COLUMBUS - SCOPE Inc. of Trumbull County has conceded it failed to meet a number of state requirements for criminal background checks and employee credentials, and now may lose its certification to provide Medicaid-related services.
Lawyers with Attorney General Mike DeWine's Office are seeking the revocation, saying at an administrative hearing Thursday at the Ohio Department of Aging that the severity of the misconduct warrants the action - or at the very least suspension for a ''good period of time.''
A recommendation could be made sometime in the next 30 days. SCOPE can object to the recommendation, which will be taken to ODA director Bonnie Kantor-Burman for a final decision.
Rather than contest the allegations on Thursday, SCOPE admitted truth to all but one of the state's allegations.
The state found during a review of SCOPE's records it did not do required criminal background checks on 16 employees hired in direct care positions and did not in a timely manner have the checks done for 26 other employees.
In one instance, a background check was done more than six years after an employee was hired. The check is supposed to be done no more than five days after conditional employment begins, under Ohio law.
As part of an agreement with the Ohio Attorney General's Office, SCOPE:
Admitted background checks were not done for 16 employees in direct care positions
Admitted checks were not done in a timely manner for 26 others
Admitted it failed to consider a disqualifying offense when hiring one worker in July 2010 and that it should not have hired another in August 2008
Admitted it did not keep an adequate background check log
Elected to not contest an allegation that it allowed an employee who was not licensed to give supervising services as a home care nurse
In addition, the state found SCOPE was not keeping an adequate criminal background log; it hired a man as a chore / homemaker worker in August 2008 who should not have been hired because of a disqualifying offense; and for another worker, SCOPE did not take in account a disqualifying offense when she was hired as a health aide / homemaker worker in July 2010.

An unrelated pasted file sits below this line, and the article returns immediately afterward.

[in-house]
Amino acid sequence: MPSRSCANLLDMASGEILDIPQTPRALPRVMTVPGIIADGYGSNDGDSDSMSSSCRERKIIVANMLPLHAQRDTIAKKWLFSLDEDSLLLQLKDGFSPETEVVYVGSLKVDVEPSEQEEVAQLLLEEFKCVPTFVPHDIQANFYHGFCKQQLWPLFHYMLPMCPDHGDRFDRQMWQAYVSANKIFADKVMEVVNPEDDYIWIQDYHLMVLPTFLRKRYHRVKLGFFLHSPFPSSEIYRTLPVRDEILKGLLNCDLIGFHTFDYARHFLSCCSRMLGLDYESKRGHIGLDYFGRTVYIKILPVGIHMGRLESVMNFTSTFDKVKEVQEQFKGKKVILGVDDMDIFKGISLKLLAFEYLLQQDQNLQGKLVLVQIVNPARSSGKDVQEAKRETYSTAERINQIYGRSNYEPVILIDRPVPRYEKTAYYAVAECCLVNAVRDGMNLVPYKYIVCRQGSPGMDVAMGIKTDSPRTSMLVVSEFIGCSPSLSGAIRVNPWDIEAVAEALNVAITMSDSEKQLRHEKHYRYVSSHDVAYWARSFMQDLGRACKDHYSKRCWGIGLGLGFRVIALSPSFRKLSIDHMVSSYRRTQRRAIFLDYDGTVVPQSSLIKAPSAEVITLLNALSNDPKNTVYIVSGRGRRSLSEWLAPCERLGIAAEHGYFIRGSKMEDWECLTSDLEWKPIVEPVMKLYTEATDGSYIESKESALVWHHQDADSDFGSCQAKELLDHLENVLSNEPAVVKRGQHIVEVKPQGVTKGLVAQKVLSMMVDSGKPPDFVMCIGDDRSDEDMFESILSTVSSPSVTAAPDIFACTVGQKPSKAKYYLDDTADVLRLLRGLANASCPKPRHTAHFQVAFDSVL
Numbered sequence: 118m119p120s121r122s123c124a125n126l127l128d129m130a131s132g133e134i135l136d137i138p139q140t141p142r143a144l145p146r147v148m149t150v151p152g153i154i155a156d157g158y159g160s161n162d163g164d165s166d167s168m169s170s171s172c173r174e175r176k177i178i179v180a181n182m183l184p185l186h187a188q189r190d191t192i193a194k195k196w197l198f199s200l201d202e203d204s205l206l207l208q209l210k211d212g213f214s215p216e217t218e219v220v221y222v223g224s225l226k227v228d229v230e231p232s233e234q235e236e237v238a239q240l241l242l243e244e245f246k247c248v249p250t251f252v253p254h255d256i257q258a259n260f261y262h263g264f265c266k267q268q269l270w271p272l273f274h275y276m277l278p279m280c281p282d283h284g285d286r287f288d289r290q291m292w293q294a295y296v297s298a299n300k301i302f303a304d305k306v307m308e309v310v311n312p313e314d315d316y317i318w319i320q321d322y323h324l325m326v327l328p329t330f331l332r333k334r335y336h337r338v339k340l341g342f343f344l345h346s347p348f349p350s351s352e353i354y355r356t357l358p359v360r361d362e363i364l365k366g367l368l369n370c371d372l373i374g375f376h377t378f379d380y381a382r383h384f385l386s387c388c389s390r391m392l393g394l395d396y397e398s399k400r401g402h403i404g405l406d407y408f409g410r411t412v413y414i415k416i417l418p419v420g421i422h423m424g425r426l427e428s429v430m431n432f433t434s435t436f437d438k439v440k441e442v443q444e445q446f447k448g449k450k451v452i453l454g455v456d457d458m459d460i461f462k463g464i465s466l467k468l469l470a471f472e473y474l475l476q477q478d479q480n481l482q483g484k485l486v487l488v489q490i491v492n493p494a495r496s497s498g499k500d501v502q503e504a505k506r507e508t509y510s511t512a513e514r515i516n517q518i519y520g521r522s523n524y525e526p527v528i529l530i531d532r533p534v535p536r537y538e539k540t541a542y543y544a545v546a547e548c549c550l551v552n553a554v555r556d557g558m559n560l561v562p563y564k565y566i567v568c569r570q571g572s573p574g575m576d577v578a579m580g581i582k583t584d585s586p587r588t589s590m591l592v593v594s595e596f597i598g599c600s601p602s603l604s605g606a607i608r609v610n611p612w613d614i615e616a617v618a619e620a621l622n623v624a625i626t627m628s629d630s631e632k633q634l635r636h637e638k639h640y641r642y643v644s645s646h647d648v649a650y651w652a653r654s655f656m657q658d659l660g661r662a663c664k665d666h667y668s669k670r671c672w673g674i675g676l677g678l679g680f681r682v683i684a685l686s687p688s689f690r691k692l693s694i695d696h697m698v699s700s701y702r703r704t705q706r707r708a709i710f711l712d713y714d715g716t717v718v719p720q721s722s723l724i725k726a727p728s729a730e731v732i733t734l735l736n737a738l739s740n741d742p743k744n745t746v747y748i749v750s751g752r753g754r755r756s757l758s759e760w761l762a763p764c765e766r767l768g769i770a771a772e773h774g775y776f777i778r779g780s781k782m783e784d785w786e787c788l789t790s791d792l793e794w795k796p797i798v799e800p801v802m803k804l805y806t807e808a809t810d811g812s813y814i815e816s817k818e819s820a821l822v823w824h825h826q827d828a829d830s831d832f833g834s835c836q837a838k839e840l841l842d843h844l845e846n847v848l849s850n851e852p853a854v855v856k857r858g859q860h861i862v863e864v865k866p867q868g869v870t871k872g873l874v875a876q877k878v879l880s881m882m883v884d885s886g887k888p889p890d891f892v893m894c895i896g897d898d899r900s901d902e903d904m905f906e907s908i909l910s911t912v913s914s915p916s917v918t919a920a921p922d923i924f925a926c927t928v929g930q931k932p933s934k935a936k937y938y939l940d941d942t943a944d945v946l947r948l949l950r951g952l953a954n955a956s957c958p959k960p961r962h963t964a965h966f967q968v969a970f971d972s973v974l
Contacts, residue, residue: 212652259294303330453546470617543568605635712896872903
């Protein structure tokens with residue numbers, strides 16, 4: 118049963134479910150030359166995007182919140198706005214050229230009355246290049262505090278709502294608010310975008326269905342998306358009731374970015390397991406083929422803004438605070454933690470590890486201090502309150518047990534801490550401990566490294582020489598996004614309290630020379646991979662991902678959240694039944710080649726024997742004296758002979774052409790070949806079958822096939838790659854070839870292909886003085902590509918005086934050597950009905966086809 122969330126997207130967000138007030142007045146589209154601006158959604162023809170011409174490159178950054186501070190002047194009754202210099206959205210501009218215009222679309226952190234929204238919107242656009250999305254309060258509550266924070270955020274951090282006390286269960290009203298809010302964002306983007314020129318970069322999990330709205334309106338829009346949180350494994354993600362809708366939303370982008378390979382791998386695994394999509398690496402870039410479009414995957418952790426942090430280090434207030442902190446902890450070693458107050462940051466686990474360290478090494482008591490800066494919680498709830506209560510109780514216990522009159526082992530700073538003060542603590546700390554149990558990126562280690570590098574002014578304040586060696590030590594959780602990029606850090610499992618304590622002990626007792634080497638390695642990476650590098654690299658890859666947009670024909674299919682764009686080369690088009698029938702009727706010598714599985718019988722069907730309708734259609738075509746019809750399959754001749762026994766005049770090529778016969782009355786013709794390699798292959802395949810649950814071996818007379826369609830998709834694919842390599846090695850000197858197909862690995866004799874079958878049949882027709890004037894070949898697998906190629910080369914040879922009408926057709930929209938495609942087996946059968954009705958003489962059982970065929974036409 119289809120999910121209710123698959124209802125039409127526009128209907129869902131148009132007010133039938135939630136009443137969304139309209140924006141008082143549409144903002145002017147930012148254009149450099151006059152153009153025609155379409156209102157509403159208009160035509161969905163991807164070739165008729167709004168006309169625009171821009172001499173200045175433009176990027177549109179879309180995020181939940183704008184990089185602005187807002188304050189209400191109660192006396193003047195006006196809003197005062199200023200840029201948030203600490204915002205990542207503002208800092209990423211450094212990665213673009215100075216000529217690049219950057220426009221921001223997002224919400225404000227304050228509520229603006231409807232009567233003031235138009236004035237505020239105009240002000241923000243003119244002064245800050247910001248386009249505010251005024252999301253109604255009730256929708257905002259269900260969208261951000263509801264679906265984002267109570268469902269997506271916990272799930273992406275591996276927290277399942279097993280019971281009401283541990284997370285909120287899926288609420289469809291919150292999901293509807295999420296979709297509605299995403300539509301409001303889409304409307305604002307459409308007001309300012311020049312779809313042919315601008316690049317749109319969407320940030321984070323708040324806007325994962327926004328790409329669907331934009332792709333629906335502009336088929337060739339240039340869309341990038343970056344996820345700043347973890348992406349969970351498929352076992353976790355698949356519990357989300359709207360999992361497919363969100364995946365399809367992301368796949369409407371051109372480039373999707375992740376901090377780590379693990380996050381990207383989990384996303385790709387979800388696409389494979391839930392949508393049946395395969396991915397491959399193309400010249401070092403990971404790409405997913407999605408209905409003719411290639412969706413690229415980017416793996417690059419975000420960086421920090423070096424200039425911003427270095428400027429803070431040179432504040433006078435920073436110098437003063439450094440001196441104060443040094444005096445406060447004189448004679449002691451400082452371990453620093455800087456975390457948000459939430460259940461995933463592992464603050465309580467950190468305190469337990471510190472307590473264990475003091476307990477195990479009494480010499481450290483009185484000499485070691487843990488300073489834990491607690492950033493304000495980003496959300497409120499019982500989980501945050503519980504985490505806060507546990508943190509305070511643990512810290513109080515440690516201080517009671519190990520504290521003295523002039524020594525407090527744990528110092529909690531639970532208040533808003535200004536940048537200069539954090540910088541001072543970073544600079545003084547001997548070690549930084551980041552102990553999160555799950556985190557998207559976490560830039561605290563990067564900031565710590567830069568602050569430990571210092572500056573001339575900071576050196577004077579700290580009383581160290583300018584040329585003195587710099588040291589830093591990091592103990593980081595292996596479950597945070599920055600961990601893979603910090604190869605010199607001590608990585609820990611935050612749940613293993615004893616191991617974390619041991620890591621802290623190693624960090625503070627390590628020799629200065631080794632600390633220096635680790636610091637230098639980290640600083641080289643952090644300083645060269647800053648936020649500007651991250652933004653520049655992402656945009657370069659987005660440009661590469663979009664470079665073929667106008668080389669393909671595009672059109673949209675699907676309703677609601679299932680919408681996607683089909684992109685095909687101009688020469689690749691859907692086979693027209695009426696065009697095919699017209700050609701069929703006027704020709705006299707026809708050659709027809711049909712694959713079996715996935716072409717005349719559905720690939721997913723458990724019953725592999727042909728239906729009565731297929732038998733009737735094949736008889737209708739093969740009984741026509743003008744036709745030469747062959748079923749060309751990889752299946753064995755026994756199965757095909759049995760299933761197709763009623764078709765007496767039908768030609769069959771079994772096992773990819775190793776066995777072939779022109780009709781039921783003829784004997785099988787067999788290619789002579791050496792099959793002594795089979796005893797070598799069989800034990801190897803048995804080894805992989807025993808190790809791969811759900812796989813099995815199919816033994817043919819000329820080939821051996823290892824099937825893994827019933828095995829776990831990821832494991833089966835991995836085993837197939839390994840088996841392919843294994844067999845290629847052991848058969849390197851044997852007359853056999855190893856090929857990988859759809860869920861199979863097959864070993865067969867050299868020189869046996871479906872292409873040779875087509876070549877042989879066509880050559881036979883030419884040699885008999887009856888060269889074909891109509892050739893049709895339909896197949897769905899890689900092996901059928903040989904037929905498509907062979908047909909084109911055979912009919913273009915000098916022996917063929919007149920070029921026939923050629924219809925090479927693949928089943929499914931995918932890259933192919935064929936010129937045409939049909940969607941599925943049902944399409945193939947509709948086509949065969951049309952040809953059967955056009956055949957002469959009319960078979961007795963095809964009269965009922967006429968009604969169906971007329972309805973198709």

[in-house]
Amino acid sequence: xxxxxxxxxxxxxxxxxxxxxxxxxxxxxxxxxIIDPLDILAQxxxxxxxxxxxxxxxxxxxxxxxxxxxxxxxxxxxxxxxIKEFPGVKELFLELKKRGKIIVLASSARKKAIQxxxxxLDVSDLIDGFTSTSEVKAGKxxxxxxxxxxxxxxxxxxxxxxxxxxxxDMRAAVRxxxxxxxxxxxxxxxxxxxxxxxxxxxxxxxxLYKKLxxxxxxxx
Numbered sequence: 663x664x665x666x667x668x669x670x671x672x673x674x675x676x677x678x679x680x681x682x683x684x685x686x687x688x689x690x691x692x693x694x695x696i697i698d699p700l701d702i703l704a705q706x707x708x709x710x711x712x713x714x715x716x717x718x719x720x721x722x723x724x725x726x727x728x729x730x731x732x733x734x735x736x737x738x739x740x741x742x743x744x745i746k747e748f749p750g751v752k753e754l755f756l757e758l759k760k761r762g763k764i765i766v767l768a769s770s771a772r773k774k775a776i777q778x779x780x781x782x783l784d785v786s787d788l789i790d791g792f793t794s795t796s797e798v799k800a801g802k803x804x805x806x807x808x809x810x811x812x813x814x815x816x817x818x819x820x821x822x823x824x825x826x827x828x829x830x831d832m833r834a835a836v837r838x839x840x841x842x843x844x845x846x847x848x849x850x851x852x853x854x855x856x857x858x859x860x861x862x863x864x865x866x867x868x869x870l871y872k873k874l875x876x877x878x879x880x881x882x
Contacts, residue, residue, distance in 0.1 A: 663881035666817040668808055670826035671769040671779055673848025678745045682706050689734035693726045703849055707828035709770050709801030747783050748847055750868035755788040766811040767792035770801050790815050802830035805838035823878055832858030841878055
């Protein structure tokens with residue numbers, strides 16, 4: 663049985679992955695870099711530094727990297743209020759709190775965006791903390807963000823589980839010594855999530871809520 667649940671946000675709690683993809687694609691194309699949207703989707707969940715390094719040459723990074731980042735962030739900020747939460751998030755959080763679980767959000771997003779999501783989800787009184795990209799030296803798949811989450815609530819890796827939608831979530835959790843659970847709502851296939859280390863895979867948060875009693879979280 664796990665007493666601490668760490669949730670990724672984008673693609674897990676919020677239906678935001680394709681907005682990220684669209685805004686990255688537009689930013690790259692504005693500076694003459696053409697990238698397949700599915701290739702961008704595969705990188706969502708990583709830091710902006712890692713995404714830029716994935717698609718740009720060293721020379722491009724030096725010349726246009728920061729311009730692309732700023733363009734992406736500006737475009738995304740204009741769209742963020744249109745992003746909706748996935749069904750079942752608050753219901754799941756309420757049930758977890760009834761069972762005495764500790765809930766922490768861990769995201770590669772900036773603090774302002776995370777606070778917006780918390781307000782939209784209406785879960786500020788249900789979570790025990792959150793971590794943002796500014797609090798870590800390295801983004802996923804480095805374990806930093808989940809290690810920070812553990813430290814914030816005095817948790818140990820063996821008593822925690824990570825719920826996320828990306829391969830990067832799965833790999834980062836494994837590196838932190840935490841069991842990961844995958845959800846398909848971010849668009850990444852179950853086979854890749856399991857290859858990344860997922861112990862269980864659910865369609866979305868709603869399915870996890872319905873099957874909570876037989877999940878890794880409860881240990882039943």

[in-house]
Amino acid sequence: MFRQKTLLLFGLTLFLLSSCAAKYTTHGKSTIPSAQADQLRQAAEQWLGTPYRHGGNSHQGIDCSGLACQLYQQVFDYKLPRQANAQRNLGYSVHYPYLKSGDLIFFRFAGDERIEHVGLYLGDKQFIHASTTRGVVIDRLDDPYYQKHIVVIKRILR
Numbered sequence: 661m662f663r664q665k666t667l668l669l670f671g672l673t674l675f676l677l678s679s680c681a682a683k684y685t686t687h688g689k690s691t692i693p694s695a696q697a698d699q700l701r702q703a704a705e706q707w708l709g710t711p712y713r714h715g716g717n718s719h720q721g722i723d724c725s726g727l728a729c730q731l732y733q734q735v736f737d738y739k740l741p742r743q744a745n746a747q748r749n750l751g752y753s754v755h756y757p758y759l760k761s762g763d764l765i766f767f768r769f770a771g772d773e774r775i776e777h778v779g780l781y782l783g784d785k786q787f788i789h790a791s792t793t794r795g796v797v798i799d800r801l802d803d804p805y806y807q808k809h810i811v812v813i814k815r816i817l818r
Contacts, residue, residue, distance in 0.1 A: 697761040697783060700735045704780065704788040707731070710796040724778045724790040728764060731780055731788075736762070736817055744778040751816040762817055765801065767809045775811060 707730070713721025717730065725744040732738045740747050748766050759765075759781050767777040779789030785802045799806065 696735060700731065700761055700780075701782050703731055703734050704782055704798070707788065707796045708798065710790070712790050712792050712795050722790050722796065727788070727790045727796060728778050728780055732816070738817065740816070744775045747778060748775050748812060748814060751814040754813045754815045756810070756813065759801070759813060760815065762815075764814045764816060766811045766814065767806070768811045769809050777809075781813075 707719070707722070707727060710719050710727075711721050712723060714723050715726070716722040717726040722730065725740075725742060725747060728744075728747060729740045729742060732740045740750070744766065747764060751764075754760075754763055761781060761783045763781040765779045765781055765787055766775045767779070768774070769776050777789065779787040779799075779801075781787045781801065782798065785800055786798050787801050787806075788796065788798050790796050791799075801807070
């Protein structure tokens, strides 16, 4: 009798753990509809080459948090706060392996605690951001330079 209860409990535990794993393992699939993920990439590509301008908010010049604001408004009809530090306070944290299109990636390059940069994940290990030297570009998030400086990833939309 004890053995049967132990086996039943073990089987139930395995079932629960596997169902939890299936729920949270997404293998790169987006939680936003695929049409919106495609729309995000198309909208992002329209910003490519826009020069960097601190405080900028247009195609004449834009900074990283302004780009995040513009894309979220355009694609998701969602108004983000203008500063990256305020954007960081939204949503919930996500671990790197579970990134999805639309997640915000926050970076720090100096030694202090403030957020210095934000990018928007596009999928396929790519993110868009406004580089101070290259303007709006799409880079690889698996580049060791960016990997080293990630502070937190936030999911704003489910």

SCOPE elected to not contest one other charge dealing with allowing an employee who was not a licensed registered or practical nurse to give supervising services as a home care nurse because the woman, Ayana Allen of Warren, has been charged by a grand jury with practicing nursing without a license.
''I don't think there is any sanction appropriate other than decertification,'' said Sallyann Steuk, assistant attorney general.
SCOPE interim director Ralph Smith testified at the hearing that when he took over when former director Janet Schweitzer left - shortly after the ODA findings were made public - he immediately began attempts to remedy the issues by reorganizing the operation and diversifying authority.
The agency did not have a human resources person or compliance officer, he said.
''Everything flowed to one desk, mine,'' Smith said.
Now, there are the beginnings of a human resources department. An employee has been in training and Smith said he has arranged for her to train with the former personnel director at Trumbull Memorial Hospital.
He also testified that SCOPE is considering a merger with Family and Community Services in Ravenna, which already has human resources, grant writing and compliance knowledge.
Smith also said he understood the severity of the charges, especially those dealing with criminal background checks for workers.
''Obviously, if you are going to be dealing with people who are limited ... you've got to have somebody who is capable of dealing with them responsibly,'' Smith said.
SCOPE attorney Thomas Carey noted the allegations didn't relate to client harm or financial loss. He also asked to be taken into account the ''significant impact'' of the services SCOPE provides in the county.
SCOPE already is without the Medicaid funding, cut off when the Area Agency on Aging 11, which does oversight, removed all of SCOPE's clients in the Medicaid-funded PASSPORT program, a program for adult day care, homemaker and personal care services and then didn't renew SCOPE's Title III contract for similar services.
That has caused the agency to make personnel cuts, down to 50 now compared to about 105 this time last year, Smith said.
''The sanctions that have been placed on us have impacted that many people,'' Smith said.